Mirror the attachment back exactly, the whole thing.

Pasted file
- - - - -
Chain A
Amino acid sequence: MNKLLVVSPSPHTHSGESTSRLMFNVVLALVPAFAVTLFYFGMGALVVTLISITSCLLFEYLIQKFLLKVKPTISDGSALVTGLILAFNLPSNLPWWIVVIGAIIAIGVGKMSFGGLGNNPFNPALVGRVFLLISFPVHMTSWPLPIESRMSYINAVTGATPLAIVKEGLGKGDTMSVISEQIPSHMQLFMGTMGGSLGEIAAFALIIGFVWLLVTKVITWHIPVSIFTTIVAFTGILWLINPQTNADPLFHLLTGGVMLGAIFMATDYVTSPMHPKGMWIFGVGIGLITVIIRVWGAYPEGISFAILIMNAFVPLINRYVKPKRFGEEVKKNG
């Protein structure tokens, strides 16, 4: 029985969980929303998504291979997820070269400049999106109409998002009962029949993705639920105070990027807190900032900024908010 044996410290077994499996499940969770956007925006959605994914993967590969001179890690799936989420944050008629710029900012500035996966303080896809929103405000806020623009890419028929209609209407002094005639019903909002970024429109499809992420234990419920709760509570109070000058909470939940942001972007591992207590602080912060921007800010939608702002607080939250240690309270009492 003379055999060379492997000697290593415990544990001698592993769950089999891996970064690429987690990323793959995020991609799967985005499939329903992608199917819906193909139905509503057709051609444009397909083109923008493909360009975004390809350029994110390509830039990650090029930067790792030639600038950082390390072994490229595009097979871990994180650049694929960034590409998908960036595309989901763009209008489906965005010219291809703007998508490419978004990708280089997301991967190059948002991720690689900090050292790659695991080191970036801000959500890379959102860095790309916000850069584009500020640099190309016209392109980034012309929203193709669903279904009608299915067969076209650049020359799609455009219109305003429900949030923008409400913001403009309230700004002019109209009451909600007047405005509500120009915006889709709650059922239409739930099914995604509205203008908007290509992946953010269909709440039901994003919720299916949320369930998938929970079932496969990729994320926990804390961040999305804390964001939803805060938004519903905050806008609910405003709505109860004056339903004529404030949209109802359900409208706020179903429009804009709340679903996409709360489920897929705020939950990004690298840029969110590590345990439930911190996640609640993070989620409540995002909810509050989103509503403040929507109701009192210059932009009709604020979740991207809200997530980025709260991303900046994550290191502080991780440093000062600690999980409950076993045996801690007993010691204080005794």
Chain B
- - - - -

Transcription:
Chain A
Amino acid sequence: MNKLLVVSPSPHTHSGESTSRLMFNVVLALVPAFAVTLFYFGMGALVVTLISITSCLLFEYLIQKFLLKVKPTISDGSALVTGLILAFNLPSNLPWWIVVIGAIIAIGVGKMSFGGLGNNPFNPALVGRVFLLISFPVHMTSWPLPIESRMSYINAVTGATPLAIVKEGLGKGDTMSVISEQIPSHMQLFMGTMGGSLGEIAAFALIIGFVWLLVTKVITWHIPVSIFTTIVAFTGILWLINPQTNADPLFHLLTGGVMLGAIFMATDYVTSPMHPKGMWIFGVGIGLITVIIRVWGAYPEGISFAILIMNAFVPLINRYVKPKRFGEEVKKNG
């Protein structure tokens, strides 16, 4: 029985969980929303998504291979997820070269400049999106109409998002009962029949993705639920105070990027807190900032900024908010 044996410290077994499996499940969770956007925006959605994914993967590969001179890690799936989420944050008629710029900012500035996966303080896809929103405000806020623009890419028929209609209407002094005639019903909002970024429109499809992420234990419920709760509570109070000058909470939940942001972007591992207590602080912060921007800010939608702002607080939250240690309270009492 003379055999060379492997000697290593415990544990001698592993769950089999891996970064690429987690990323793959995020991609799967985005499939329903992608199917819906193909139905509503057709051609444009397909083109923008493909360009975004390809350029994110390509830039990650090029930067790792030639600038950082390390072994490229595009097979871990994180650049694929960034590409998908960036595309989901763009209008489906965005010219291809703007998508490419978004990708280089997301991967190059948002991720690689900090050292790659695991080191970036801000959500890379959102860095790309916000850069584009500020640099190309016209392109980034012309929203193709669903279904009608299915067969076209650049020359799609455009219109305003429900949030923008409400913001403009309230700004002019109209009451909600007047405005509500120009915006889709709650059922239409739930099914995604509205203008908007290509992946953010269909709440039901994003919720299916949320369930998938929970079932496969990729994320926990804390961040999305804390964001939803805060938004519903905050806008609910405003709505109860004056339903004529404030949209109802359900409208706020179903429009804009709340679903996409709360489920897929705020939950990004690298840029969110590590345990439930911190996640609640993070989620409540995002909810509050989103509503403040929507109701009192210059932009009709604020979740991207809200997530980025709260991303900046994550290191502080991780440093000062600690999980409950076993045996801690007993010691204080005794």
Chain B